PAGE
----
“This is a really tight budget and it’s getting harder to find savings. This is the hardest one so far.”

Those were the words of Jennie Stephens, Devon County Council’s chief officer for adult care and health, at last week’s Health and Adult Care Scrutiny Committee meeting.

This next financial year (20/21) is the first without core government funding. Instead, the new Conservative government has offered a series of one off grants, totalling around a 10 per cent increase.

They were by all accounts better than anticipated but a decade of austerity has taken its toll.

The challenge so far

A massive £272m has been wiped off Devon County Council’s finances during that time. First by the Conservative led coalition and then by the Tory government.

The council has (as have other public sector organisations) been forced to raise council tax considerably, in a miserable scenario whereby local people end up paying more money for fewer services… and the income generated is only a fraction of what has been lost.

A consistent and problematic shortage of paid care workers

At the same time the cost of care is rising, so is demand. And there is a huge and problematic shortage of paid care workers, around 100 across the county.

The staffing picture is toughest in and around Exeter and East Devon, which can be seen in the numbers of people waiting every day to be discharged from the RD&E, but can’t due to the lack of paid carers.

The closure of hundreds of community hospital beds in recent years has made a challenging situation much harder.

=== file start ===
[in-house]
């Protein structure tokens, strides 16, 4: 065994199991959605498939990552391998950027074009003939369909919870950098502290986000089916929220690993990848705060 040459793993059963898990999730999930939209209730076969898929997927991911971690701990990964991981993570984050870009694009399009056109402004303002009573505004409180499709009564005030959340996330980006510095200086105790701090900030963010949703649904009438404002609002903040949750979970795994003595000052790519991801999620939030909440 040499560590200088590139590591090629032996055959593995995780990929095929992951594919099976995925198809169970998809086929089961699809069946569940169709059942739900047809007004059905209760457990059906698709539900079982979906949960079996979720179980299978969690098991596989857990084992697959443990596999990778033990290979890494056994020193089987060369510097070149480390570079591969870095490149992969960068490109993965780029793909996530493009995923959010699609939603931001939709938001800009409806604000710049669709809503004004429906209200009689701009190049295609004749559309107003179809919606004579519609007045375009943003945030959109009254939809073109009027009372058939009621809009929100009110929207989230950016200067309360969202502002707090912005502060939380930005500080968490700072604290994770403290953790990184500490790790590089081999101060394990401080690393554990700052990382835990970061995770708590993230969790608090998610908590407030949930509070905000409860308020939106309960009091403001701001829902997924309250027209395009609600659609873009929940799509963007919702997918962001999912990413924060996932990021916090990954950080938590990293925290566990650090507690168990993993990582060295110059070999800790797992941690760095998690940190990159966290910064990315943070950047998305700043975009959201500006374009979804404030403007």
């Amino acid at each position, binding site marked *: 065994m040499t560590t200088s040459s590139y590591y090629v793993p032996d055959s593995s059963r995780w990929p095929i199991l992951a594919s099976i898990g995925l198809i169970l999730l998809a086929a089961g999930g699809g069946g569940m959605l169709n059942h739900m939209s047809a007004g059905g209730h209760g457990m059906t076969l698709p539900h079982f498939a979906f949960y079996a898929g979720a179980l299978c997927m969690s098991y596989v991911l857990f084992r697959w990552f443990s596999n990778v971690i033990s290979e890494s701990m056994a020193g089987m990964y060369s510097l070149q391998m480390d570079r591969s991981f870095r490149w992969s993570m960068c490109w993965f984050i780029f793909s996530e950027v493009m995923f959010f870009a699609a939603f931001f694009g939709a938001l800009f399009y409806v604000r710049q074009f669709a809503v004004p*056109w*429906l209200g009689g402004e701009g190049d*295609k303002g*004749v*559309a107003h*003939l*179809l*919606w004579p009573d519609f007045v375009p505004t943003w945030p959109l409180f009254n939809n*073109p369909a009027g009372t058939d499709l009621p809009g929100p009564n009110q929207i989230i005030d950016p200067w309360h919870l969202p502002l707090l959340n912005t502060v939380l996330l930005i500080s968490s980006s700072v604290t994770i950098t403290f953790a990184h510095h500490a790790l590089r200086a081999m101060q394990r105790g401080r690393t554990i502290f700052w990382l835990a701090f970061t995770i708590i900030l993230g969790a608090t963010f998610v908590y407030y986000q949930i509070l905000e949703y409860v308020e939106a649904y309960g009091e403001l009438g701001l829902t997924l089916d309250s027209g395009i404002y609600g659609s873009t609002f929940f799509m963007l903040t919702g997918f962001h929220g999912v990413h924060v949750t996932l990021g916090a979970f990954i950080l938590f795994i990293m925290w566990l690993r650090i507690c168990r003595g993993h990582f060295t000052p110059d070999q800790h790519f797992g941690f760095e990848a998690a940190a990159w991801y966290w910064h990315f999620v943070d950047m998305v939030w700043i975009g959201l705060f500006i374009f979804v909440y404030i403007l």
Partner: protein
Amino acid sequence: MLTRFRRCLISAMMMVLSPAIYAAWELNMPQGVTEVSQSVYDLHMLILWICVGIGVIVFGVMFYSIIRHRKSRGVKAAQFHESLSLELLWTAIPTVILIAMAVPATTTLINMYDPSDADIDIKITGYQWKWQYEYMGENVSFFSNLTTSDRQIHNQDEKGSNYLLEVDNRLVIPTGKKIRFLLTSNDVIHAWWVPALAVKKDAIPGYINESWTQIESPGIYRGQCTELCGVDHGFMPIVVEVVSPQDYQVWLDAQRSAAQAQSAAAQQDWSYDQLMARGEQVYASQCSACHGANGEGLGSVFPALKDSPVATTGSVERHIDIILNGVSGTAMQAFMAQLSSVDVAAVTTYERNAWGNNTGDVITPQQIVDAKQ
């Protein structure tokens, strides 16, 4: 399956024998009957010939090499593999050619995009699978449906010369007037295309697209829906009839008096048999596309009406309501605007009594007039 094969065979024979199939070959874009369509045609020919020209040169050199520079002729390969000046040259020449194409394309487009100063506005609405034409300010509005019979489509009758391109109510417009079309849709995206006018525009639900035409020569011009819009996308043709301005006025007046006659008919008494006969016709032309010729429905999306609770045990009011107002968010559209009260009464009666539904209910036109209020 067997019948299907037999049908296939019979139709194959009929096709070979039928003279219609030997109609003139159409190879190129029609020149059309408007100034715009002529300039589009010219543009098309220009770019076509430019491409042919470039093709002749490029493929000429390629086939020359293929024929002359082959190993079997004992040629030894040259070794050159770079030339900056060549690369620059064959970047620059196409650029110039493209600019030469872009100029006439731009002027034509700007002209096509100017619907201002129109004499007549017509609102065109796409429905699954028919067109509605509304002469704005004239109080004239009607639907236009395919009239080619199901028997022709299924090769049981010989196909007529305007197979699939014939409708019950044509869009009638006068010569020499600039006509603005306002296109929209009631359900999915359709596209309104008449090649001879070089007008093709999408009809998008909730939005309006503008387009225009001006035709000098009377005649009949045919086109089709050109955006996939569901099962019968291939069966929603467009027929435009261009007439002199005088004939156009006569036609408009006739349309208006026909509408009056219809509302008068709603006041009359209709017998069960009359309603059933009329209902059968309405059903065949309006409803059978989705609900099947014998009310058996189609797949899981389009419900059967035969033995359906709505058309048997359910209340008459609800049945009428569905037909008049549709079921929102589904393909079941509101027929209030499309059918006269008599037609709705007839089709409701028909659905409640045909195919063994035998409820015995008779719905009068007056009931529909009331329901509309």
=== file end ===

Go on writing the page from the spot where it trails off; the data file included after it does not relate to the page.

Still no sign of the adult social care green paper – years late

And the Conservative government’s inability to grasp the nettle and provide a solution on funding for adult social care, so that people don’t cripple themselves financially trying to care for relatives, is a disgrace.

The adult social care green paper has been promised for years and despite huge assistance and extremely well evidenced proposals from the Local Government Association, the new government shows every sign of batting this problem back to councils. We will see…

As a member of Devon County Council’s Health and Adult Care Scrutiny Committee we scrutinised the adult care and public health budget last Thursday and made recommendations, which will be considered by cabinet.

No confirmation from government what the final funding settlements actually are

Unfortunately, despite the legal requirements for councils to set their budgets by the end of February, ministers haven’t got around to letting them know the funding allocations, so much of the financial planning is guesswork, especially in relation to public health.

The headlines for Devon are as follows:

  • £5m cuts are proposed to the adult social care budget
  • Council tax is proposed to rise by two per cent (all local public sector are organisations are set to raise theirs for the same reasons)